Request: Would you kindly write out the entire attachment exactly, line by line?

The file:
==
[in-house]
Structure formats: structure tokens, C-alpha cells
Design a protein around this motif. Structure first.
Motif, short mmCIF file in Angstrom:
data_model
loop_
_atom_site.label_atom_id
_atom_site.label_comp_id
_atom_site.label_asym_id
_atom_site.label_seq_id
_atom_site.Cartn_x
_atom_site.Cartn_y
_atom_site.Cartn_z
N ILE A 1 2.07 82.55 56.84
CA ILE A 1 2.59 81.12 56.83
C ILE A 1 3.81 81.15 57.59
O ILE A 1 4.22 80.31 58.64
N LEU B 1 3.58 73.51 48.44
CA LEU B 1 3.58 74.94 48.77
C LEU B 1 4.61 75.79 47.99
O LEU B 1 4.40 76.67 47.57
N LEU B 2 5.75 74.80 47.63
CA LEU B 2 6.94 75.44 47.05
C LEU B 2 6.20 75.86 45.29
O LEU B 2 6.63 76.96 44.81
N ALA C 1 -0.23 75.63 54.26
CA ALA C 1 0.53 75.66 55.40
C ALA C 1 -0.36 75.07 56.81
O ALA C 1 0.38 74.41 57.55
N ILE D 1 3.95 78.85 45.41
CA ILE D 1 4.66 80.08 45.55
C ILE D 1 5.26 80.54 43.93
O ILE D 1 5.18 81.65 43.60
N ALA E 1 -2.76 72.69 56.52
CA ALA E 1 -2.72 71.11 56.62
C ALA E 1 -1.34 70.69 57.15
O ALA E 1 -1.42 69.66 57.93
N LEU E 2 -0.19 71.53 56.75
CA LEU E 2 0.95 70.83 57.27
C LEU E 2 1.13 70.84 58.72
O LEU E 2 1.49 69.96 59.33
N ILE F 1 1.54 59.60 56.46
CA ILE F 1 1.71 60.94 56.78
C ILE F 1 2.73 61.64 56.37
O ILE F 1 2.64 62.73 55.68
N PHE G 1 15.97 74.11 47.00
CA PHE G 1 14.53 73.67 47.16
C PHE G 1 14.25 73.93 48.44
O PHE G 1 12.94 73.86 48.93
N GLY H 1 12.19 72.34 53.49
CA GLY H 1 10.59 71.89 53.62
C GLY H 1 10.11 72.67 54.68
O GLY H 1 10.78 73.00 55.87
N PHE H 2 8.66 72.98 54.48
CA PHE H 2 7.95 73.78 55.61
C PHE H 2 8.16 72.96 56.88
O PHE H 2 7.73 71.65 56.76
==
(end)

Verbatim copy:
[in-house]
Structure formats: structure tokens, C-alpha cells
Design a protein around this motif. Structure first.
Motif, short mmCIF file in Angstrom:
data_model
loop_
_atom_site.label_atom_id
_atom_site.label_comp_id
_atom_site.label_asym_id
_atom_site.label_seq_id
_atom_site.Cartn_x
_atom_site.Cartn_y
_atom_site.Cartn_z
N ILE A 1 2.07 82.55 56.84
CA ILE A 1 2.59 81.12 56.83
C ILE A 1 3.81 81.15 57.59
O ILE A 1 4.22 80.31 58.64
N LEU B 1 3.58 73.51 48.44
CA LEU B 1 3.58 74.94 48.77
C LEU B 1 4.61 75.79 47.99
O LEU B 1 4.40 76.67 47.57
N LEU B 2 5.75 74.80 47.63
CA LEU B 2 6.94 75.44 47.05
C LEU B 2 6.20 75.86 45.29
O LEU B 2 6.63 76.96 44.81
N ALA C 1 -0.23 75.63 54.26
CA ALA C 1 0.53 75.66 55.40
C ALA C 1 -0.36 75.07 56.81
O ALA C 1 0.38 74.41 57.55
N ILE D 1 3.95 78.85 45.41
CA ILE D 1 4.66 80.08 45.55
C ILE D 1 5.26 80.54 43.93
O ILE D 1 5.18 81.65 43.60
N ALA E 1 -2.76 72.69 56.52
CA ALA E 1 -2.72 71.11 56.62
C ALA E 1 -1.34 70.69 57.15
O ALA E 1 -1.42 69.66 57.93
N LEU E 2 -0.19 71.53 56.75
CA LEU E 2 0.95 70.83 57.27
C LEU E 2 1.13 70.84 58.72
O LEU E 2 1.49 69.96 59.33
N ILE F 1 1.54 59.60 56.46
CA ILE F 1 1.71 60.94 56.78
C ILE F 1 2.73 61.64 56.37
O ILE F 1 2.64 62.73 55.68
N PHE G 1 15.97 74.11 47.00
CA PHE G 1 14.53 73.67 47.16
C PHE G 1 14.25 73.93 48.44
O PHE G 1 12.94 73.86 48.93
N GLY H 1 12.19 72.34 53.49
CA GLY H 1 10.59 71.89 53.62
C GLY H 1 10.11 72.67 54.68
O GLY H 1 10.78 73.00 55.87
N PHE H 2 8.66 72.98 54.48
CA PHE H 2 7.95 73.78 55.61
C PHE H 2 8.16 72.96 56.88
O PHE H 2 7.73 71.65 56.76